Another way to use borage is to flavor vinegar with the flowers. Fill a sterilized wine bottle one-third full with freshly picked borage flowers and top it off with about 2-1⁄2 cups of white wine vinegar. Cork and place in a cool, dark closet for about one month, then strain out the flowers. Use the flavored vinegar for salads or flavoring soups. The cucumbery taste also goes well with cabbage dishes. To make a cordial, adapt the vinegar recipe above, using brandy instead of vinegar, and sweeten with honey. Historically, the cordial was considered even better for inducing cheerfulness when calendula flowers were included in the infusion.

Caraway (Carum carvi)

Ripe caraway seeds are fairly common as a component in rye bread, but you might not know that they got there because of their historically medical purpose as an aid in digesting dense breads. Caraway is great in other breads, as well. Try adding as much as 3 tablespoons of ground caraway seeds per loaf of bread.

Hardly anyone thinks to use caraway greens, yet these robustly flavored ugly ducklings are prime for a new culinary release. Caraway greens are dense and mosslike in the garden, and overwinter beautifully (the plant is biennial). They can be used in soups and salads where a bold, earthy flavor is called for. Chopped like fennel, the greens can be scattered over grilled fish, especially oily ones such as mackerel and shad.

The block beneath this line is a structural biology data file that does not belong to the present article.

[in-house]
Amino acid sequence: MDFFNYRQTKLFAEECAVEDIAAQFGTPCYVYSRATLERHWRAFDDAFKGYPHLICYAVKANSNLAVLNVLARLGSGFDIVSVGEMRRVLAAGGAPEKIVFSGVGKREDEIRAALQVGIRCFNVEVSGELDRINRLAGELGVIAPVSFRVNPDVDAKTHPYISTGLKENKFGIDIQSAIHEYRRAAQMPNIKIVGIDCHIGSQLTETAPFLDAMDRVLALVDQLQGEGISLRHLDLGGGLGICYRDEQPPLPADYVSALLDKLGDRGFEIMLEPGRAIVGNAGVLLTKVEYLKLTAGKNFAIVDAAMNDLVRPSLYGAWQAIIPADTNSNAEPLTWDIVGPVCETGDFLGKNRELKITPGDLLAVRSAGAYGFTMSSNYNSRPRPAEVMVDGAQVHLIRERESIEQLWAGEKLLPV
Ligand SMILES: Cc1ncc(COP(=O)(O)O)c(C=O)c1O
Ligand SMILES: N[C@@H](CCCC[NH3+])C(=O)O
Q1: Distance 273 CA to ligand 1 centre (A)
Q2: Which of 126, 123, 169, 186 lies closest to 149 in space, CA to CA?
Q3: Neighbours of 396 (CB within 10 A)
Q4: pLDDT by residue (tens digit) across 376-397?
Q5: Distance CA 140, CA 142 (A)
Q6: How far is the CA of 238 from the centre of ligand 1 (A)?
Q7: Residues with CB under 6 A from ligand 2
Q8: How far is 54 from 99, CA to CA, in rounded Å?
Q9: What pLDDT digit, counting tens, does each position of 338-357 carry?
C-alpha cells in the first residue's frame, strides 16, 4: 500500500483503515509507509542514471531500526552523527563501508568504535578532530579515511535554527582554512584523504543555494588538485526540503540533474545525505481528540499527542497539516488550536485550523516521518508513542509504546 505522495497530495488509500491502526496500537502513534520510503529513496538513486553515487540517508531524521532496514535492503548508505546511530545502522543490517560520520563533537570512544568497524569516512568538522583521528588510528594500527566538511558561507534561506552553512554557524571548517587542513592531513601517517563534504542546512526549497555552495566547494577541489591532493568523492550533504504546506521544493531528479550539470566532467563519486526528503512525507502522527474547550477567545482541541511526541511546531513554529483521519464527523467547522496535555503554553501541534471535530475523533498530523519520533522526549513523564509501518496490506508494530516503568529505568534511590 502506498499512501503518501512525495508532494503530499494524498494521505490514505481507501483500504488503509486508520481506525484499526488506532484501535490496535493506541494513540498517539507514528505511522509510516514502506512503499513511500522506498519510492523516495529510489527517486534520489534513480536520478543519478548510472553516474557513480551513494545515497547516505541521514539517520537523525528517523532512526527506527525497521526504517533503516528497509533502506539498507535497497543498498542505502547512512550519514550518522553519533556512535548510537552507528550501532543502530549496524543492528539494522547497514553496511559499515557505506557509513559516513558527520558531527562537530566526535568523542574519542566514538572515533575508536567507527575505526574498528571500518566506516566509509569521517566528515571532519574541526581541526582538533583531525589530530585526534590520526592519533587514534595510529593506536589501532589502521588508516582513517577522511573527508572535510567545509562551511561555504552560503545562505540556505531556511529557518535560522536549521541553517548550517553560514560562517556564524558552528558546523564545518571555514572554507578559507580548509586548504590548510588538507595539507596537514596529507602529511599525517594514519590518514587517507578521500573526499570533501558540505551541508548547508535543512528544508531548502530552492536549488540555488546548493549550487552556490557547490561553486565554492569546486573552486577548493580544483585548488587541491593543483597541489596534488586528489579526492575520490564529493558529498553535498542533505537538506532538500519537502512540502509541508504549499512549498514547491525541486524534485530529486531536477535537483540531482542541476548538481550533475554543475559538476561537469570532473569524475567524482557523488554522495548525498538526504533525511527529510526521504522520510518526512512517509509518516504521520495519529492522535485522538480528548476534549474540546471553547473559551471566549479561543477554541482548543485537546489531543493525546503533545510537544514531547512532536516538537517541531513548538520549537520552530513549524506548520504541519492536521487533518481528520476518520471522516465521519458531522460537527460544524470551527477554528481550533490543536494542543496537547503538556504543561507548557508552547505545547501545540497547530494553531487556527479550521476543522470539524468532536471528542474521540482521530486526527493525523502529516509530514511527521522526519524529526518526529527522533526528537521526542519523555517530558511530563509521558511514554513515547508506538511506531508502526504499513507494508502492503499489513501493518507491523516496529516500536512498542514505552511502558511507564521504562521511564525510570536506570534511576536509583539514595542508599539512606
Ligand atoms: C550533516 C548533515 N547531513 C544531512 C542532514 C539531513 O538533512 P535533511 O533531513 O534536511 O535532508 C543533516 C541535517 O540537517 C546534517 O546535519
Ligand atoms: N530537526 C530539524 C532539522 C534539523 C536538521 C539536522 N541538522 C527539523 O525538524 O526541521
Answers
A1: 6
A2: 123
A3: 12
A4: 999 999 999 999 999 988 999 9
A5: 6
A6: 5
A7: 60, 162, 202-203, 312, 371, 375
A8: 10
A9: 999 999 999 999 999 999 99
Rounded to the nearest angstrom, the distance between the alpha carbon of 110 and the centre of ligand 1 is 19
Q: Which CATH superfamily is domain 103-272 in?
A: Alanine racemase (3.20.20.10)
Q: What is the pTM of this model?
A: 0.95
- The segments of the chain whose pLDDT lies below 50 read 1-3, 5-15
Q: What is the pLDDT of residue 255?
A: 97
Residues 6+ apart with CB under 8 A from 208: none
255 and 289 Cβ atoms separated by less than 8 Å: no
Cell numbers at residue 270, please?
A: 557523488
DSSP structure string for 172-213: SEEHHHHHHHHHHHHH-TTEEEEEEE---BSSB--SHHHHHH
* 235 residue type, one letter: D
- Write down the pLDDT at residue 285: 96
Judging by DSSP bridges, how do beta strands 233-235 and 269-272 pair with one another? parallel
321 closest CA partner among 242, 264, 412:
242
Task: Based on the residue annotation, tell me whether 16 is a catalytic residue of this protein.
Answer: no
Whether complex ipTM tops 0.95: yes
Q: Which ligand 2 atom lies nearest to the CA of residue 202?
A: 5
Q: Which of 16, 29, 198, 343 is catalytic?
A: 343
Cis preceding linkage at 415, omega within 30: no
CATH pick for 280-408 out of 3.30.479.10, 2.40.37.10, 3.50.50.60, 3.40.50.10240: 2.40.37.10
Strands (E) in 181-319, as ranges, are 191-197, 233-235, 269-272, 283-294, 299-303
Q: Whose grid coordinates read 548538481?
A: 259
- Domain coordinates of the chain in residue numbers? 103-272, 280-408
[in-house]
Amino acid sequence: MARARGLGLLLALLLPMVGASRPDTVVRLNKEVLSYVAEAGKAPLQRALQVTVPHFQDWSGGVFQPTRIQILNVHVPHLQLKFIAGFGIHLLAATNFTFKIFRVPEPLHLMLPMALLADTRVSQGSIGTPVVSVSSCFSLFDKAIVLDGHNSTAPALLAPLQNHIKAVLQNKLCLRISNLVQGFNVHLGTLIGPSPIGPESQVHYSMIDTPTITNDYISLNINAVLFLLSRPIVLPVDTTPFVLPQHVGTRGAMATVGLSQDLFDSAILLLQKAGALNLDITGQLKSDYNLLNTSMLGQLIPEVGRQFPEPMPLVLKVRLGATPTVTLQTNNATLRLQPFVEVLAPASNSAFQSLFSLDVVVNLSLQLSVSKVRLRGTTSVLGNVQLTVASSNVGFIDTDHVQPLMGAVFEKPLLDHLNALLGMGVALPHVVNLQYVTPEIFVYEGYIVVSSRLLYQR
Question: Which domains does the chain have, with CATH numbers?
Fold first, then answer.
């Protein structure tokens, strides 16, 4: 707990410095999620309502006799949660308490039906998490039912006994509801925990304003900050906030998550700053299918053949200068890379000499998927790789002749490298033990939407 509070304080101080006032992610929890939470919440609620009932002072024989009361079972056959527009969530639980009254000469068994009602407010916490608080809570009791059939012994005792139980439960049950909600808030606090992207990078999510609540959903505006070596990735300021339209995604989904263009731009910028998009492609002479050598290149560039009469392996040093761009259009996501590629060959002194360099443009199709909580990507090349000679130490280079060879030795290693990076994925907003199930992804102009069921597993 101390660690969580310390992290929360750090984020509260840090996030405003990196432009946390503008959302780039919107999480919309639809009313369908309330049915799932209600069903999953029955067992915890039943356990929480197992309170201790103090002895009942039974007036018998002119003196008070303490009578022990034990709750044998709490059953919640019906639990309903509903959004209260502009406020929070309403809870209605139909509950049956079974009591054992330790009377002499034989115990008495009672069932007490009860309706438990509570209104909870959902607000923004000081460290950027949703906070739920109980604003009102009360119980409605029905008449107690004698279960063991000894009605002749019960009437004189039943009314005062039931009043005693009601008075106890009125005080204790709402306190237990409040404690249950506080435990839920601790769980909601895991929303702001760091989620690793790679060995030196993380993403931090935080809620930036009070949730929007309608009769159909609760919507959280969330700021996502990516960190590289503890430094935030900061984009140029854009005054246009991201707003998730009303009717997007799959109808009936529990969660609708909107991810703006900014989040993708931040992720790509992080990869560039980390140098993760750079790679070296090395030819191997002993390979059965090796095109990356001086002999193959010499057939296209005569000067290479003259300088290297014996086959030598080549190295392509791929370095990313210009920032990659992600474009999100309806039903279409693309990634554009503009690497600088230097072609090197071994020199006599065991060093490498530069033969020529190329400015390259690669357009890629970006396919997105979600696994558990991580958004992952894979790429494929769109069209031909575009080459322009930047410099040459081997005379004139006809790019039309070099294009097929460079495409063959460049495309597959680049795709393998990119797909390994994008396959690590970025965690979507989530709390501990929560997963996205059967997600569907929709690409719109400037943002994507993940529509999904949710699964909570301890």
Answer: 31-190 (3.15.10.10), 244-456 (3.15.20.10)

My favorite use of caraway is to take the flowers and tiny green seed heads and infuse them into vinegar (same proportion as for borage, at left). After a month, strain out the flowers and seeds, and use the vinegar in salad dressings.

Likewise, the flowers can be used just like dill in pickles. For an unusual touch when making homemade sauerkraut, layer the flowers between your cabbage leaves in this proportion: To every 2-1⁄2 pounds of shredded cabbage, add a 1⁄2 pound of shredded celeriac (celery root), 1⁄4 pound of caraway flowers and 1-1⁄2 tablespoons of pickling salt.